UX doesn’t have to be expensive. There are so many ways to find out what you need to know with out having to fork out big amounts of money.

1. The coffee shop.

Go down to your local coffee shop and talk to people. Take your prototype, a few good questions and a few dollars to buy people some coffees. Be confident, look professional and be well spoken about what you are doing. People will want to help out (mostly).

Quick note: you probably should ask the cafe owner if it’s cool to lurk around and talk to customers before your start hitting up people for feedback. There is nothing worse than being thrown out on the street with your long black for asking why people are scared to use credit cards online.

The coffee shop could be anything though. Jogging app? Goto a local park or sports center. Travel app. Airport adventure!!!

Take a handful of gift cards or a bag full of candy to give out to people who help you.

Hot tip: Keep it quick. People are usually busy and have things to do. 5 minutes max for a quick test and survey.

Second hot tip: Look the part. Wear a company branded shirt. Take a clip board to write stuff down.

2. Online survey.

https://www.google.com/forms/about/

Click that link. Make a survey. Share it with people.

Google forms is awesome. It’s got lots of options for different types of questions and answers. Share it around on Facebook, Twitter and what ever else you can. Ask your friends to pass it on to their friends as well. You will be surprised how many people will do a quick survey just because they want to help out.

Again, keep it short. Really consider what you want to learn from the survey and focus your questions to get the best results in the least amount of time.

3. Online testing resources. 

There are so many awesome online testing resources. One of my favourites is https://usabilityhub.com/. They offer a stack of different tests you can perform for pretty cheap. A/B testing, 5 second tests, navigation and click tests. You can get some seriously great feed back by just throwing 50 bucks at it.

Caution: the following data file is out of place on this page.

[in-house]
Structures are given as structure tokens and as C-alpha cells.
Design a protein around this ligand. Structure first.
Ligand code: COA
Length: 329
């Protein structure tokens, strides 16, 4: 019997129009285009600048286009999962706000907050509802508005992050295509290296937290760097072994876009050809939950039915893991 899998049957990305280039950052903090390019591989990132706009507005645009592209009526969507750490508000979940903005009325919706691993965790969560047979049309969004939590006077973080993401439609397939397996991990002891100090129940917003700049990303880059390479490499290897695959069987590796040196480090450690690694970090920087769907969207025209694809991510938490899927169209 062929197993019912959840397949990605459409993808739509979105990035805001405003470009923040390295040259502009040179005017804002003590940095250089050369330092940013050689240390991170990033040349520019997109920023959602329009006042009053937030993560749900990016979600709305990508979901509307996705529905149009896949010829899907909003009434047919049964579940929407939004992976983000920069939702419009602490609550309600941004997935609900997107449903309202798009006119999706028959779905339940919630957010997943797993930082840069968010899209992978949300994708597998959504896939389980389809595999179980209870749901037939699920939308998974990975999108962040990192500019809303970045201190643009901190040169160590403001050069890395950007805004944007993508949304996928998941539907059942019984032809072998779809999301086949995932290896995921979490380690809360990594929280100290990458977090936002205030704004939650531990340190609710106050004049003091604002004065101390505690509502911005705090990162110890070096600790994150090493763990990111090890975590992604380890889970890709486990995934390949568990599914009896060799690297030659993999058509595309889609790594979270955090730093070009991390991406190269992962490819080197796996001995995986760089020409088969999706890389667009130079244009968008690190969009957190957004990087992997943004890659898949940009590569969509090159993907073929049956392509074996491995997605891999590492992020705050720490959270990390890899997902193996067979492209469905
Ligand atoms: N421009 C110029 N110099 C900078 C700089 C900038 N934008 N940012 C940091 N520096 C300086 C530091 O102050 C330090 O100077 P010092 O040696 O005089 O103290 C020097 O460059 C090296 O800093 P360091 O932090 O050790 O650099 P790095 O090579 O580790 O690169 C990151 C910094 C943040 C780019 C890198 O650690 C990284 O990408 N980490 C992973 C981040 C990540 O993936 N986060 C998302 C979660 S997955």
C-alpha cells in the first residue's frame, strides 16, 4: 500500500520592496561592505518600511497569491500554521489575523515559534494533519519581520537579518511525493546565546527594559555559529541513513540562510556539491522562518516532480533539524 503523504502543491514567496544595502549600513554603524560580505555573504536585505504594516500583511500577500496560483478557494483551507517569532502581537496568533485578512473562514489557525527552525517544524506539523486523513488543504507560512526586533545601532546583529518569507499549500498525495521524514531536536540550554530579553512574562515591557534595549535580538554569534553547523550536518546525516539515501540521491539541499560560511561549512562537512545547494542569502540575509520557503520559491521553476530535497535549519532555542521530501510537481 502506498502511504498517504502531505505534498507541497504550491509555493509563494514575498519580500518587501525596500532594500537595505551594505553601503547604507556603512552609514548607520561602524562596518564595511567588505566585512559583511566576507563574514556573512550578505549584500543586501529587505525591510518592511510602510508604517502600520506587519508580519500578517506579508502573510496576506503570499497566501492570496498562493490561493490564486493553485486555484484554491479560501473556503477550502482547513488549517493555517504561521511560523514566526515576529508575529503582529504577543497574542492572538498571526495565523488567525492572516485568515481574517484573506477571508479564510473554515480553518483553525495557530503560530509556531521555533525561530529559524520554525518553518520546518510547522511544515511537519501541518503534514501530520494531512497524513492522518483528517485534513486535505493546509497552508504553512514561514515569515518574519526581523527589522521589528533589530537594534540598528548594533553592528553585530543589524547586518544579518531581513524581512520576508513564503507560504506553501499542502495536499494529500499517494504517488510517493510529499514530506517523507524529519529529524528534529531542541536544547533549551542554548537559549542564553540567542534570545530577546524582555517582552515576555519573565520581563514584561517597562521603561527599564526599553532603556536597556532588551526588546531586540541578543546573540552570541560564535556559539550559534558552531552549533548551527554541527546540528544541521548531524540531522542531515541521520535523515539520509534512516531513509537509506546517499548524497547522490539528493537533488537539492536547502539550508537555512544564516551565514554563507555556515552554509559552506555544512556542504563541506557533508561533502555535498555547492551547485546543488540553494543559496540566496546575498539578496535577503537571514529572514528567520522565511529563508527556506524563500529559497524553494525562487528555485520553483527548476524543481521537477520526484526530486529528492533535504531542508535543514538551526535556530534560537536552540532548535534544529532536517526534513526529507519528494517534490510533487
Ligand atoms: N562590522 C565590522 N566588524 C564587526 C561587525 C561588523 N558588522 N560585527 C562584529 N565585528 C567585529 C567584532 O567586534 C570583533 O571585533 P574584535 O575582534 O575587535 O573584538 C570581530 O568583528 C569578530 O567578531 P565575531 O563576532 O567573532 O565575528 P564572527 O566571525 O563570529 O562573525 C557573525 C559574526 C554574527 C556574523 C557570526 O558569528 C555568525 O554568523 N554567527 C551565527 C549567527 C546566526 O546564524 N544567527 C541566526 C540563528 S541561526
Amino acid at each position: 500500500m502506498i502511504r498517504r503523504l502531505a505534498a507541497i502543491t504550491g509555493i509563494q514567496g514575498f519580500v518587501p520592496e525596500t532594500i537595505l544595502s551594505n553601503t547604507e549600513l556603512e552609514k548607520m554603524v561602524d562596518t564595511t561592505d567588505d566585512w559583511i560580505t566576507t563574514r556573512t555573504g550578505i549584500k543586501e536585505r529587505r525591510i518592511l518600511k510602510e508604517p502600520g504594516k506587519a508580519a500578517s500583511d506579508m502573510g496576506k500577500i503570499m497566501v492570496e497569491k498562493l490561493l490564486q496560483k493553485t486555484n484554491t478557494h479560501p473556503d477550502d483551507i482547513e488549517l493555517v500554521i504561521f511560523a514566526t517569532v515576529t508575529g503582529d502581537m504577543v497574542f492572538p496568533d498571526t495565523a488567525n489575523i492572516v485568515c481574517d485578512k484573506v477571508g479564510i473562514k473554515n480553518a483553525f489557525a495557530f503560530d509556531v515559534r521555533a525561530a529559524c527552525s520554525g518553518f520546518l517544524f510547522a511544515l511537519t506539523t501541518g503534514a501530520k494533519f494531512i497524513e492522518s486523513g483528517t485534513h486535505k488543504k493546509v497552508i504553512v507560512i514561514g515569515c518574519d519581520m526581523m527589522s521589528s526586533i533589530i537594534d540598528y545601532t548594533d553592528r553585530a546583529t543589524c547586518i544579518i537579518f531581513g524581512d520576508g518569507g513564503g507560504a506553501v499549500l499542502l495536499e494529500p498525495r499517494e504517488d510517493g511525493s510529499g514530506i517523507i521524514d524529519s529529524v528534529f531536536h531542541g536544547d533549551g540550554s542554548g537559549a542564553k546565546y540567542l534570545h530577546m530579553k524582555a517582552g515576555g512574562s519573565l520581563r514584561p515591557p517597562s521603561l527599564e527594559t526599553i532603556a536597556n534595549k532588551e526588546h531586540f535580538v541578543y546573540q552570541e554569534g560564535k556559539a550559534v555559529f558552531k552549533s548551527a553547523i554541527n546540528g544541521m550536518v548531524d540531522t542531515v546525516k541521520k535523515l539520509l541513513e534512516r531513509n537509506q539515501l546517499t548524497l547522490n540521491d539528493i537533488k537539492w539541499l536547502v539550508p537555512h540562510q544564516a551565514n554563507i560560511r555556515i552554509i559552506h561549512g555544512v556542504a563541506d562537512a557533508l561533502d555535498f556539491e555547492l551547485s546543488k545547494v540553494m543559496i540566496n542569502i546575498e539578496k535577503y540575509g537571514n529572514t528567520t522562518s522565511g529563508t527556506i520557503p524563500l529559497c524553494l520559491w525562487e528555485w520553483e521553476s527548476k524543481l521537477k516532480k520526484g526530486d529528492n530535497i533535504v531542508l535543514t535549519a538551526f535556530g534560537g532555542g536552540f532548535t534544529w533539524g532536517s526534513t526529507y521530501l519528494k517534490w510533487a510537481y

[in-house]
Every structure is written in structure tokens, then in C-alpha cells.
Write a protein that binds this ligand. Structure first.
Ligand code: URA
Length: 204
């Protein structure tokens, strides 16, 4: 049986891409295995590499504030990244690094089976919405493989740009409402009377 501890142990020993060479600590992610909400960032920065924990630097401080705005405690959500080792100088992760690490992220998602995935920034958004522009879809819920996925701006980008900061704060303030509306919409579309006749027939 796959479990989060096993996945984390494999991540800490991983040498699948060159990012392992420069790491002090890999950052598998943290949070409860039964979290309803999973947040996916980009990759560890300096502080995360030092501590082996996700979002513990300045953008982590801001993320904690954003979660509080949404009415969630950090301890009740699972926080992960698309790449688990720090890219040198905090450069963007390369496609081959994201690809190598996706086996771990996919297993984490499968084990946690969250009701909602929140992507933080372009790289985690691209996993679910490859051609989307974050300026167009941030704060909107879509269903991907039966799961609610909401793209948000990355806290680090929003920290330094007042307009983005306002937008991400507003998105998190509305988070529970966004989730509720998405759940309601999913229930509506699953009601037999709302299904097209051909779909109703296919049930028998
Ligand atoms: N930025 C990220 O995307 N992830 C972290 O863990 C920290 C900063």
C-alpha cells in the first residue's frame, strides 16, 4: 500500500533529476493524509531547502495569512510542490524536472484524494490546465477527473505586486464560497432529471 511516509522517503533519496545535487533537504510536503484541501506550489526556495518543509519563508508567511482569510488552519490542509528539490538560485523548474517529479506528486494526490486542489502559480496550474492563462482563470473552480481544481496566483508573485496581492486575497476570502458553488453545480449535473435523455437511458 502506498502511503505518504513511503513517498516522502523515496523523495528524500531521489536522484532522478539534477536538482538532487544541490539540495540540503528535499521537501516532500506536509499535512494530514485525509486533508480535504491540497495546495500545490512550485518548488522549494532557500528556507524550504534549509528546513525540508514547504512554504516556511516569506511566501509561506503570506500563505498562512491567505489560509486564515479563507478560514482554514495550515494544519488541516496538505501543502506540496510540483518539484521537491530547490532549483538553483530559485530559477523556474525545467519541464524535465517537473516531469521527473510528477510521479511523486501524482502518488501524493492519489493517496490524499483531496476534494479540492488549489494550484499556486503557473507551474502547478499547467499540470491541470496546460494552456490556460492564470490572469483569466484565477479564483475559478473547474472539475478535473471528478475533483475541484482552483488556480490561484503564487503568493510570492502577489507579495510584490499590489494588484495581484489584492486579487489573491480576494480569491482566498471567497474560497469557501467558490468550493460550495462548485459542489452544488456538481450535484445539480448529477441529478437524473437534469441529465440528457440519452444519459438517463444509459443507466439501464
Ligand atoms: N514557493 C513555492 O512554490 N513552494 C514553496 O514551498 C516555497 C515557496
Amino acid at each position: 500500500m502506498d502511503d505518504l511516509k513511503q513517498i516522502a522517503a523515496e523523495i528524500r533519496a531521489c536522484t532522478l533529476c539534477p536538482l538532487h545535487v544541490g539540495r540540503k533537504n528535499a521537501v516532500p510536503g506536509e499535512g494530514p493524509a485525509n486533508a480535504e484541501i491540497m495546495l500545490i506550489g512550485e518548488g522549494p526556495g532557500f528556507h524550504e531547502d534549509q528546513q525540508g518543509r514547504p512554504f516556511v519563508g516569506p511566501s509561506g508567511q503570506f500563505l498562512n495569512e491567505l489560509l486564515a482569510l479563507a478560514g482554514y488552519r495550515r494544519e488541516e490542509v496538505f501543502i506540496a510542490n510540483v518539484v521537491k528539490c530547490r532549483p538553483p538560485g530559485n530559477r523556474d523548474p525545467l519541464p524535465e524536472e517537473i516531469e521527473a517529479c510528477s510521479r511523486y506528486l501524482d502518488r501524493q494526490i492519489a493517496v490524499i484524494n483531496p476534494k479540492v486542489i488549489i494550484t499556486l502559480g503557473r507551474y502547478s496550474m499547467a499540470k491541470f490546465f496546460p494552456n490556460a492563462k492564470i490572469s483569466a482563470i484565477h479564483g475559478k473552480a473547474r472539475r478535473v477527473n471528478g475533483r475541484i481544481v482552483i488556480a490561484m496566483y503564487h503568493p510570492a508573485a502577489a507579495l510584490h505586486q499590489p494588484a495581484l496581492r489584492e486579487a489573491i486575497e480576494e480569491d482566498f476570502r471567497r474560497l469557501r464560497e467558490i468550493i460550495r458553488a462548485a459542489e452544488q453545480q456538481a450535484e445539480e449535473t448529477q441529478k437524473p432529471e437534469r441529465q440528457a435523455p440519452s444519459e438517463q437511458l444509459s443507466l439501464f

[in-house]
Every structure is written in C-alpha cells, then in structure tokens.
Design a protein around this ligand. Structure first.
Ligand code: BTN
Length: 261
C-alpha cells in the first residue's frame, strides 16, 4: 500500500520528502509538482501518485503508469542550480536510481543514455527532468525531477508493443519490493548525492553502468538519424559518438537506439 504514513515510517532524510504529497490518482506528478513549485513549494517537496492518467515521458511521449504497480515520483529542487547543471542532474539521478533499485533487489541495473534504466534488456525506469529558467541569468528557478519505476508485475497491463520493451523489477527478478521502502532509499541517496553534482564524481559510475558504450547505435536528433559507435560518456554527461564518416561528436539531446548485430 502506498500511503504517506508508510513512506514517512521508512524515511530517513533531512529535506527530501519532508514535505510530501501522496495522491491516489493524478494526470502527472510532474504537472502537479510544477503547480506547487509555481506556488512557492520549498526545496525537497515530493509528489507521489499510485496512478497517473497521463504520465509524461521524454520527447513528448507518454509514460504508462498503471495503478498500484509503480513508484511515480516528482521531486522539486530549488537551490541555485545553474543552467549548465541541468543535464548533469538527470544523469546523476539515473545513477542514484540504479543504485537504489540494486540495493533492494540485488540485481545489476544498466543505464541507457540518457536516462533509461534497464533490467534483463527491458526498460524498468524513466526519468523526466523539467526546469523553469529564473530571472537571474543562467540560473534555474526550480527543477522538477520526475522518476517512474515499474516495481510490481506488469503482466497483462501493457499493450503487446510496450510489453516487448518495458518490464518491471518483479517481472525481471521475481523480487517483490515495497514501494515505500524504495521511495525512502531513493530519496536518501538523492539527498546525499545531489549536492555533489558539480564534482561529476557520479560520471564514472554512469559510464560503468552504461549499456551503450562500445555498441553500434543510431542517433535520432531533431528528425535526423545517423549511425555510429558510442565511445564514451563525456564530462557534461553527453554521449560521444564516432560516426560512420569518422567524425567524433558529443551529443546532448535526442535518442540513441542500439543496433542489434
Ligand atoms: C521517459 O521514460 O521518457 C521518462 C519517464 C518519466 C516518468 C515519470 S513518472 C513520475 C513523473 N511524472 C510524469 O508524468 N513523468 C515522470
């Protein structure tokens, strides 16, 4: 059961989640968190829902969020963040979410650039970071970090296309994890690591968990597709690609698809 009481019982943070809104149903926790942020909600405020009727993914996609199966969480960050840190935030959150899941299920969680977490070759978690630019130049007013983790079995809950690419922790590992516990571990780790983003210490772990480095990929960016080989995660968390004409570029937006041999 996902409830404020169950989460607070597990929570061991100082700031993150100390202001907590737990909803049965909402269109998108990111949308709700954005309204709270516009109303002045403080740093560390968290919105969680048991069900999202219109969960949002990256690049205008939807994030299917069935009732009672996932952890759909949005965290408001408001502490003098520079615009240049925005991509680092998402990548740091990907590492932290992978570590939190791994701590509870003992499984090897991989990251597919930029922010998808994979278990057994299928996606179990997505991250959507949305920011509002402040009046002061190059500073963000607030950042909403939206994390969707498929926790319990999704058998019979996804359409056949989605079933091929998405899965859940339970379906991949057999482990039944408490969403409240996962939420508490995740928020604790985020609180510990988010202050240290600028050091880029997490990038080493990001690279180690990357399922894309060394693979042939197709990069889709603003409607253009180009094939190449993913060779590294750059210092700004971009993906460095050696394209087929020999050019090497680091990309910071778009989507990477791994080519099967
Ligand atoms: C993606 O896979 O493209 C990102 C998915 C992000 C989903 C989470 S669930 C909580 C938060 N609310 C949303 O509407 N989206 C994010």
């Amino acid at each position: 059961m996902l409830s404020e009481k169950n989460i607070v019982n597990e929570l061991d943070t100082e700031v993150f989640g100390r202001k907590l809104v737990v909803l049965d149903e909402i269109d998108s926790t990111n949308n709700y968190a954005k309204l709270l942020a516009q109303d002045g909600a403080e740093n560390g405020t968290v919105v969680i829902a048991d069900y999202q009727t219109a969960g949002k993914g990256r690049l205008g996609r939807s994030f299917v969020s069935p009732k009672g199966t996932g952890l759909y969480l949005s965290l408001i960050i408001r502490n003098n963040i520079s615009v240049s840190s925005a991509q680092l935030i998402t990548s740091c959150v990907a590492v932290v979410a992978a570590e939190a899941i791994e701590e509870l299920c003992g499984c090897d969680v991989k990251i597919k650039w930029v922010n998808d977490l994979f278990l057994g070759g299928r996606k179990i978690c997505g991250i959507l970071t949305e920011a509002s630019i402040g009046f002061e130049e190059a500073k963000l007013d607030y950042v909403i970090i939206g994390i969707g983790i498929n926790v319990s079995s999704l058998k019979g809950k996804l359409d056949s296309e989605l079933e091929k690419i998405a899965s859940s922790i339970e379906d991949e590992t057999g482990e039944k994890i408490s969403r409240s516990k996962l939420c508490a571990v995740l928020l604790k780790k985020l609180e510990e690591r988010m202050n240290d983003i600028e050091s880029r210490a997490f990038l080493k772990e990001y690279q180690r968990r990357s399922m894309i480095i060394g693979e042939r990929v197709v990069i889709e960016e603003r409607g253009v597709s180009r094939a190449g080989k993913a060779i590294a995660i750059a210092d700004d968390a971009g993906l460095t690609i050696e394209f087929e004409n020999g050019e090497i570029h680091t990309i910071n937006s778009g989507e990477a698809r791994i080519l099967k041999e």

4. The Landing Page.

Another good trick is to buy yourself a URL for your product. I mean, you will need it sooner or later anyway, right? With that URL, throw up a landing page for your idea, no matter how half baked it is. Then use Google analytics and a sign up form to gauge interest in your concept. Tweak your ideas to see what gets the best responses. Put a little money on Google ads or Facebook ads to get some quick traffic to your site. And if the idea turns out to be a winner, you have already started to grow your audience! Win win!

Wrap up.

You can get really quality feedback if you prepare yourself. Ask good questions, be confident and carry a pocketful of gift cards.

Consider your target audience and make an effort to get in contact with those people. You probably know some people relating to your idea, and if not, there is always community groups happening that you can probably tap into for some connections.

Spend a little money on the basics. Get a shirt printed, run a few tests on usabilityhub.com. Give out some gift cards. If you don’t any budget for research, then you should be moving some funds around. Not much point spending money on development if the idea is no good.

As Steve Blank says, “get out of the building”. Just go find people, talk to them, show them concepts, get the feedback, improve your product.

Most of all, be genuine. Be honest about what you are doing and why you need help to achieve it. People will respect that.

And as I mentioned in my previous post, respect the feedback, take it on board and design better apps with it.

by Alex Knight

UX / UI Designer, Tokyo, Japan.

www.agkdesigns.net